26. 26. How Does Land Pooling Work?Sample Calculation of Net GainsValue of ten acres of undeveloped land $1,000,000Total cost of planning, subdividing, servicing $600,000Total value of urban lots created $3,000,000Net gain in value $2,400,000Sale of 25% of urban lots would pay cost of infrastructure
  27. 27. Elements Essential to Successful Land Pooling• Premise of a strong land market• Land owners must believe final profits will be greater and land is worth the negotiating time• Reliable ownership records (cadastres)• Trained and credible assessors• Resolution of potential disputes through agreement or addressed by enabling legislation
  28. 28. Questions?Before After (Source: Kaohsiung Municipal Government, 1979)
  29. 29. Land Pooling in a U.S. Context James Freas Regional Planner, Metropolitan Area Planning Council Yu-Hung HongSenior Fellow, Lincoln Institute of Land Policy and Assistant Visiting Professor, Massachusetts Institute of Technology
  30. 30. Land Pooling in a U.S. ContextCase Study: Land Pooling in Hampton, VAGoals: 1. Illustrate the various features of land pooling 2. Explore the applicability of the ideas in a U.S. context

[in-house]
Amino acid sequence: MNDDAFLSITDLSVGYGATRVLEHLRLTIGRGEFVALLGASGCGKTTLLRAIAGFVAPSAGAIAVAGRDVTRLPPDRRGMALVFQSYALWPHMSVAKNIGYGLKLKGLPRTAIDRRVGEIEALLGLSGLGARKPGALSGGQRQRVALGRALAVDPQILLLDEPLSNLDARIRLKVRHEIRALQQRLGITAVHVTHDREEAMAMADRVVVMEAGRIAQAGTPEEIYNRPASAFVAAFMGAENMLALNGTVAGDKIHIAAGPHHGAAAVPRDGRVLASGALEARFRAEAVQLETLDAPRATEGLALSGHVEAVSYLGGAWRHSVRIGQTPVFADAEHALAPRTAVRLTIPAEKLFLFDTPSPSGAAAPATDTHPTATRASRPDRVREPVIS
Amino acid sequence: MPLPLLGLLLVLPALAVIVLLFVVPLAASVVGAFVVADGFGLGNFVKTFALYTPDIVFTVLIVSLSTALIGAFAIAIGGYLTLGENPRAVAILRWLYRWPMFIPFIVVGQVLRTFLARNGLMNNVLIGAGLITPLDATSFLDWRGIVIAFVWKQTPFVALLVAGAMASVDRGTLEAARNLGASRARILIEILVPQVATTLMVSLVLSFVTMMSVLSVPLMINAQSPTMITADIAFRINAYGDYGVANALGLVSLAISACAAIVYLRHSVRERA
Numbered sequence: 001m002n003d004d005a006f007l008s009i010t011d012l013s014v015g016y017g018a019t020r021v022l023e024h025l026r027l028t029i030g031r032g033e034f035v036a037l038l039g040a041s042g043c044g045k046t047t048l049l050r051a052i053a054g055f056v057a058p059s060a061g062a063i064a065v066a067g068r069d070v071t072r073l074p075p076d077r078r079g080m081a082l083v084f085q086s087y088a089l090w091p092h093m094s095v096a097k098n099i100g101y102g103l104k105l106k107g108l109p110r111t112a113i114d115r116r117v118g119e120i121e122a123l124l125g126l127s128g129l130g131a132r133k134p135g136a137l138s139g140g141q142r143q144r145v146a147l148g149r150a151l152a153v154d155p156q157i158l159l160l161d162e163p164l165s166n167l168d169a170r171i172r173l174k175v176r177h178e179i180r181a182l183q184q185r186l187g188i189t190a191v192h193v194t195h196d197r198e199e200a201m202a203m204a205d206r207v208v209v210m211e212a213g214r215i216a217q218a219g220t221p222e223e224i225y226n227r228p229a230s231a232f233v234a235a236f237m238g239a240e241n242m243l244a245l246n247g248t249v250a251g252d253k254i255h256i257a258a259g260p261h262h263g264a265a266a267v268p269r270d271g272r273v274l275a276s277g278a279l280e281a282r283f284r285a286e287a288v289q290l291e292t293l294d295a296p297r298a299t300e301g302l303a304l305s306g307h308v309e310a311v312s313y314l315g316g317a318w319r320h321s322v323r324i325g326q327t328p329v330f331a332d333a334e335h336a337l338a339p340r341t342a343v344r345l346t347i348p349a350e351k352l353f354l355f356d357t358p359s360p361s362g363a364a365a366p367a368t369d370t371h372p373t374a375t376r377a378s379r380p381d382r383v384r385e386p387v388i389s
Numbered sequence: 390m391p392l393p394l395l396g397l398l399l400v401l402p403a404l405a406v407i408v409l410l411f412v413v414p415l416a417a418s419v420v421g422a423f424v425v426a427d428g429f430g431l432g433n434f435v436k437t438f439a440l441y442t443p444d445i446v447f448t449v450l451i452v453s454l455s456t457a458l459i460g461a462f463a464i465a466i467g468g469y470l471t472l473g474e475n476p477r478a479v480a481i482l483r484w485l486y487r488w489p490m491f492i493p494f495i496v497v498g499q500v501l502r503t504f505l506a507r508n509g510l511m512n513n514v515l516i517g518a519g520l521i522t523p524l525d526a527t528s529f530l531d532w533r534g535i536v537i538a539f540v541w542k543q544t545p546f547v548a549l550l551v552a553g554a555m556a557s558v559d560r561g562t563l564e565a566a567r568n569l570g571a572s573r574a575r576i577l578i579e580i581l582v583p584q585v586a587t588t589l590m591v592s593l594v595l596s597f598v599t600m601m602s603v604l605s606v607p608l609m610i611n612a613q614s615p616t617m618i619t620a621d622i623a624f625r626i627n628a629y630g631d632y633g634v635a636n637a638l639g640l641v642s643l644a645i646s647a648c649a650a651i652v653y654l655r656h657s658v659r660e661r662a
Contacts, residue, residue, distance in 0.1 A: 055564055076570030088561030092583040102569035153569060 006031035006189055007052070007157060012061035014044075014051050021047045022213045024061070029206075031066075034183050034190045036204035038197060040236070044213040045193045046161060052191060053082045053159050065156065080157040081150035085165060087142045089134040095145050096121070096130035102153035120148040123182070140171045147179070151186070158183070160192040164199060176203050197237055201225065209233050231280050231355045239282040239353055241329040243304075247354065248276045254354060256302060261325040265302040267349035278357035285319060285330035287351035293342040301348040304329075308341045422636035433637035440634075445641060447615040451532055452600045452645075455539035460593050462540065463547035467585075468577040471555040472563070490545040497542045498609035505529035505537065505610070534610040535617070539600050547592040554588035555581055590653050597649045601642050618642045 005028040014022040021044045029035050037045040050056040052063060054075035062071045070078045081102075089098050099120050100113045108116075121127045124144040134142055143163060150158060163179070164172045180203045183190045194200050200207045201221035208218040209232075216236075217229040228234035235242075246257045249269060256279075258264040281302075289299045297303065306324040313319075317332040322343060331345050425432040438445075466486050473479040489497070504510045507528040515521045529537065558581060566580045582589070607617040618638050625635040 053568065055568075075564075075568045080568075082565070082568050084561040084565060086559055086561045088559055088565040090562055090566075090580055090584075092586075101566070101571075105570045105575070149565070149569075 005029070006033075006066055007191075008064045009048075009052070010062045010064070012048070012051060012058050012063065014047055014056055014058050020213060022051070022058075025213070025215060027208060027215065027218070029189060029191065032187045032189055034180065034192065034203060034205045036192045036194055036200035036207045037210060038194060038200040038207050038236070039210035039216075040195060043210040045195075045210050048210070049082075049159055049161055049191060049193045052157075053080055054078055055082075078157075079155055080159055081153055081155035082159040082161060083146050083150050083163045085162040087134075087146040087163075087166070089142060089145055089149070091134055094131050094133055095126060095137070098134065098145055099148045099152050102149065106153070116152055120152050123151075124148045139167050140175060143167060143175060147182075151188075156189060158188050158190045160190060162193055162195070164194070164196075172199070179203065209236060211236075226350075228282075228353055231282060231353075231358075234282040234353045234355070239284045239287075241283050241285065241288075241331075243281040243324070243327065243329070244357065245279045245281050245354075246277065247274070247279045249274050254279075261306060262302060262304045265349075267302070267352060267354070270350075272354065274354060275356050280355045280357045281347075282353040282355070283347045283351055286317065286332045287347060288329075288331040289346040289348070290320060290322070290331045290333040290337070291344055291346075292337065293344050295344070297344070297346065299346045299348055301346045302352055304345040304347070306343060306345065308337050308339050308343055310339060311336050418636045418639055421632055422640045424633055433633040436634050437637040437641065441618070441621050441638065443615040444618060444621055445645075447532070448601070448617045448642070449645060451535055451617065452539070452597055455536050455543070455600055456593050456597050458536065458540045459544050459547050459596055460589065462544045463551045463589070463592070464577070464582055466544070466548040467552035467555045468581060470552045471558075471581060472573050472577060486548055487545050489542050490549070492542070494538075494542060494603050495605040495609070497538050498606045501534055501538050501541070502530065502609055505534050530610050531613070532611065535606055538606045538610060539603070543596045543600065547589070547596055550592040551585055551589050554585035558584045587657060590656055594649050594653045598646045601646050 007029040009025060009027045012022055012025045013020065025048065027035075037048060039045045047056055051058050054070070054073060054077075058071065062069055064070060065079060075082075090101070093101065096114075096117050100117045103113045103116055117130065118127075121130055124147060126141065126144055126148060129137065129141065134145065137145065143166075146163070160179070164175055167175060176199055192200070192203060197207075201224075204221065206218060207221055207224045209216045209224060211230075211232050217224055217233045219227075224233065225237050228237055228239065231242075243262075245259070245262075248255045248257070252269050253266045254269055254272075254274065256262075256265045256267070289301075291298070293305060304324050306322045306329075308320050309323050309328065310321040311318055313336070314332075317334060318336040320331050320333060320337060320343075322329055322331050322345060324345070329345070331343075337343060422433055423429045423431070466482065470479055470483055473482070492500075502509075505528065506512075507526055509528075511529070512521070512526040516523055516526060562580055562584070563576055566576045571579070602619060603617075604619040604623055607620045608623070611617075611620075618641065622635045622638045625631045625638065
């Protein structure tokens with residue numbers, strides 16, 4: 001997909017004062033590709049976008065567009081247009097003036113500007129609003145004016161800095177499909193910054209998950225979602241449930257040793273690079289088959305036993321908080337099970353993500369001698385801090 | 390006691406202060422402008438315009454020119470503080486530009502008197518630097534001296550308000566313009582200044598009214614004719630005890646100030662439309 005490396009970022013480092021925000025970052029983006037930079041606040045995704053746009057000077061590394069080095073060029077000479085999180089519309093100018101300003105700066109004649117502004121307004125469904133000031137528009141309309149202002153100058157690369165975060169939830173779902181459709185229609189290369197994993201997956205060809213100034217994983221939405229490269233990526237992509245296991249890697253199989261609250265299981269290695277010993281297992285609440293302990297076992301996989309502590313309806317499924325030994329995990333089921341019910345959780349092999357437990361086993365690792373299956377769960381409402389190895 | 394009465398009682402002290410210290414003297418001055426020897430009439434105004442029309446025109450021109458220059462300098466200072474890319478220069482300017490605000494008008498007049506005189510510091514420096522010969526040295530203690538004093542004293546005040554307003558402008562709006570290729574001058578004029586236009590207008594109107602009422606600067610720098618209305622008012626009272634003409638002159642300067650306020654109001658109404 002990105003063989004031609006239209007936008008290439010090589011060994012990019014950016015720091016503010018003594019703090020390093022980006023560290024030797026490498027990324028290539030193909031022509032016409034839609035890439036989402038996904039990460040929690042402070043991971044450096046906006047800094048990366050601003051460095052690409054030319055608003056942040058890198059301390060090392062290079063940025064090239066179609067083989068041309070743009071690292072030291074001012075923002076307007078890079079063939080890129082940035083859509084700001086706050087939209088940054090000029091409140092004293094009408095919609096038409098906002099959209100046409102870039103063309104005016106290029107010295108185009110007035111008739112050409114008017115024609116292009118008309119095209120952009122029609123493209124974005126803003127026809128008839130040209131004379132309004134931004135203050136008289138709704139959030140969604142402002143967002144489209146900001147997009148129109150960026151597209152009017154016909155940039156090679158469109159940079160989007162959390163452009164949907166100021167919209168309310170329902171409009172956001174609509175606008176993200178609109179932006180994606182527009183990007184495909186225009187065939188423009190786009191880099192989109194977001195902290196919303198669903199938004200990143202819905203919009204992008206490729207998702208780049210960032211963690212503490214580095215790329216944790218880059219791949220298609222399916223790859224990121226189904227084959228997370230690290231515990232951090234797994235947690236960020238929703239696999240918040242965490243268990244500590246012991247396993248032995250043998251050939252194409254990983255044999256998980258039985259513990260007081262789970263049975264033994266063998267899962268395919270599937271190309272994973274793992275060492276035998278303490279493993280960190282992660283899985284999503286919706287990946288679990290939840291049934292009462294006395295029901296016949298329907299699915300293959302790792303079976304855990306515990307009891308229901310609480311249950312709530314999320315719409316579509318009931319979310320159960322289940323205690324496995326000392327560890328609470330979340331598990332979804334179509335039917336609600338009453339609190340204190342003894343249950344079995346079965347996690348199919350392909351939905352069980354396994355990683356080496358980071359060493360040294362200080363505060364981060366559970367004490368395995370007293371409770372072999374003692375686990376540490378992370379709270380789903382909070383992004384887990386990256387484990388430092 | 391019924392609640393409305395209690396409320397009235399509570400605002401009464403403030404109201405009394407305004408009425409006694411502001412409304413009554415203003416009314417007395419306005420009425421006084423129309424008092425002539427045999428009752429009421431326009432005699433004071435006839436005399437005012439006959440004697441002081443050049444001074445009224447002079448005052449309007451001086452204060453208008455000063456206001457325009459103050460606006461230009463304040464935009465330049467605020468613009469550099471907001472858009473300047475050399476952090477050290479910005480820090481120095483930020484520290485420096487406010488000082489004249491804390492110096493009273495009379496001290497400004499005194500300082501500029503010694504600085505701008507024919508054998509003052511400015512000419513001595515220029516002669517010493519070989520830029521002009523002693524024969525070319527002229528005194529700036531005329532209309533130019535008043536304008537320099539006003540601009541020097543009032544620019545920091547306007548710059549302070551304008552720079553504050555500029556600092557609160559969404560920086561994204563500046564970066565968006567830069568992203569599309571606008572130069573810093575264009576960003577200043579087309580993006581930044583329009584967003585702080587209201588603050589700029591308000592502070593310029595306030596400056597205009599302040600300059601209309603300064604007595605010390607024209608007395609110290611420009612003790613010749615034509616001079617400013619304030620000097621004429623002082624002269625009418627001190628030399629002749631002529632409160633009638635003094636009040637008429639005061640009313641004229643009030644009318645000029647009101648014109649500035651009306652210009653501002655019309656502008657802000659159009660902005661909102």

31. 31. Background: Hampton, VAVisual from Buckroe Master Plan (Source: City of Hampton, VA)
  32. 32. Background: Hampton, VAVisual from Buckroe Master Plan (Source: City of Hampton, VA)
  33. 33. Background: Hampton, VA City Owned Three Cooperating Landowners Large Property Owners Remaining Property Owners Public Park
  34. 34. Enabling Conditions for LP in HamptonProperty Characteristics:1. High differential increments in land values before and after land pooling project.2. Government already owns area in yellow3. Major landowners in blue agreed to sell land together.4. Landownership (in blue, orange and red) is fairly concentrated. Two major property owners own area in red.
  35. 35. Enabling Conditions for LP in HamptonLandowner Characteristics:1. Affected landowners have motivation to stay in the neighborhood.2. Planning for redevelopment in the neighborhood has been participatory.